[0014] In summary, the prior art for antimony tin oxide nanoparticles does not disclose a combination of particle size and particle composition that gives improved infrared absorbance. The most preferred antimony composition in the prior art is generally between 5% and 16%, more specifically between 8% and 10%. The prior art does not disclose an antimony tin oxide nanoparticle with a preferred particle size and particle composition to give a high ratio of infrared absorption to visible absorption. This prior art is confirmed by commercially available antimony tin oxide nanoparticles (reference NanoPhase, American Elements, Inframat webpages, last checked March 2007), which have antimony content of 8%-10%, and particle size of between 10 nm and 30 nm.

[0015] It is accordingly, in some embodiments, a primary object of the invention to develop an ATO nanoparticle that makes it possible to achieve improved IR absorbing properties, suitable for transparent nanocomposites. This is achieved, in some embodiments, by making ATO having a particular combination of particle size distribution and particle composition.

[0016] Furthermore, efforts to increase the IR absorption of coatings, inks, and adhesives are met with a number of problems, because the addition of IR absorbing material can adversely affect the performance and characteristics of the coatings, inks, or adhesives. For example, the IR absorbing material may alter the color or transparency of a coating, which is particularly problematic in applications such as clearcoats and color finishes. The coatings, inks, or adhesives also may not absorb IR radiation uniformly depending on the distribution of the IR absorbing material in the coatings, inks, or adhesives. The IR absorbing material may also adversely affect the performance of the coatings, such as be decreasing adhesivity of adhesives or making coatings less durable.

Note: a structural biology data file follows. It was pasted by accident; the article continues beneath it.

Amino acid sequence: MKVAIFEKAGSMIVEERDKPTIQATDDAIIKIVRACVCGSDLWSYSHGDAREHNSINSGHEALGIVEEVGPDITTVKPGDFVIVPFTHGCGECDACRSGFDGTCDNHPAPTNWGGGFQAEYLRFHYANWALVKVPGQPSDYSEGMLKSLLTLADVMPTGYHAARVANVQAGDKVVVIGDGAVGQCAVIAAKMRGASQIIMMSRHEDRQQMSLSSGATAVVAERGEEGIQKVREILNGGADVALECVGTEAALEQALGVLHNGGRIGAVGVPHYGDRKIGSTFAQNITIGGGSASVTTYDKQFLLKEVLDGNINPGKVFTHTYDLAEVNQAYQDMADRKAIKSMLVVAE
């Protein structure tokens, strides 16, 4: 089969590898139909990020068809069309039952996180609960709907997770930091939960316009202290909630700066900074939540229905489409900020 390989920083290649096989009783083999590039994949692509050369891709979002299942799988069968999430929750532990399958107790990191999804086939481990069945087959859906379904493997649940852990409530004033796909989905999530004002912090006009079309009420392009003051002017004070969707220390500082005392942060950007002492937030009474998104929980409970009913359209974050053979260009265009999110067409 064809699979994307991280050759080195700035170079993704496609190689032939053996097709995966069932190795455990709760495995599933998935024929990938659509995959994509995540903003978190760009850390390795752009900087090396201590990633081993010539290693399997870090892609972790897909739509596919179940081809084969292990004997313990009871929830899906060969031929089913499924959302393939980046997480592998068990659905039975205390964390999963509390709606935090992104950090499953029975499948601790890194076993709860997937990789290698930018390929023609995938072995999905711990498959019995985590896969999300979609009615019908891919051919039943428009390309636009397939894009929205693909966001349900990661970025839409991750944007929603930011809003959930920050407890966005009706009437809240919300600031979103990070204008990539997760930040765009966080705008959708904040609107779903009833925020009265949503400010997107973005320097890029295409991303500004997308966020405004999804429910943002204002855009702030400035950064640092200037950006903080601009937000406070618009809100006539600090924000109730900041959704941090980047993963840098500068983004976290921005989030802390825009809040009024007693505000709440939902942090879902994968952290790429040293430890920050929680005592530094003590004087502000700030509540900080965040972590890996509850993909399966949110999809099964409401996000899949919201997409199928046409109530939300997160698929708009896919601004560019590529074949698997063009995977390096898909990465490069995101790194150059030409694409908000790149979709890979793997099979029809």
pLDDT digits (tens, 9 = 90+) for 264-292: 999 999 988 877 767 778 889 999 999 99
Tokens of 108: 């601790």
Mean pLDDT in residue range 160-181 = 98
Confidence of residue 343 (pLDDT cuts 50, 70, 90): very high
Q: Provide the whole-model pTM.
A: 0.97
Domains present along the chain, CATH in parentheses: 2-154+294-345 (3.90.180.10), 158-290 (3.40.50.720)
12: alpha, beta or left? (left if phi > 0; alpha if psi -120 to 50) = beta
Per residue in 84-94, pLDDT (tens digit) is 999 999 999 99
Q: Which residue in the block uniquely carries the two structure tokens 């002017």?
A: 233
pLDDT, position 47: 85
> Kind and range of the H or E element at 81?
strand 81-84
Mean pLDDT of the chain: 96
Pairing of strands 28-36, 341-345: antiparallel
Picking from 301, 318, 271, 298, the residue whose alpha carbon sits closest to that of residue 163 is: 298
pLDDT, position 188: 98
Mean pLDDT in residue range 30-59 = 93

[0017] Thus, there exists a need for coatings, inks, and adhesives that dry or cure efficiently while retaining good performance and physical characteristics. There is also a need for IR absorbing materials that can be used with coatings, inks, and adhesives to dry or cure the materials more efficiently. Methods of effectively and efficiently drying and curing coatings, adhesives, and inks are also needed. To make it possible to address these and other needs, the present invention provides infrared (IR) absorbing nanoparticles that are substantially transparent to light in the visible spectrum. The present invention also makes it possible to provide coatings, inks, and adhesives comprising these IR absorbing nanoparticles, and methods of drying and curing coatings, inks, and adhesives using IR energy.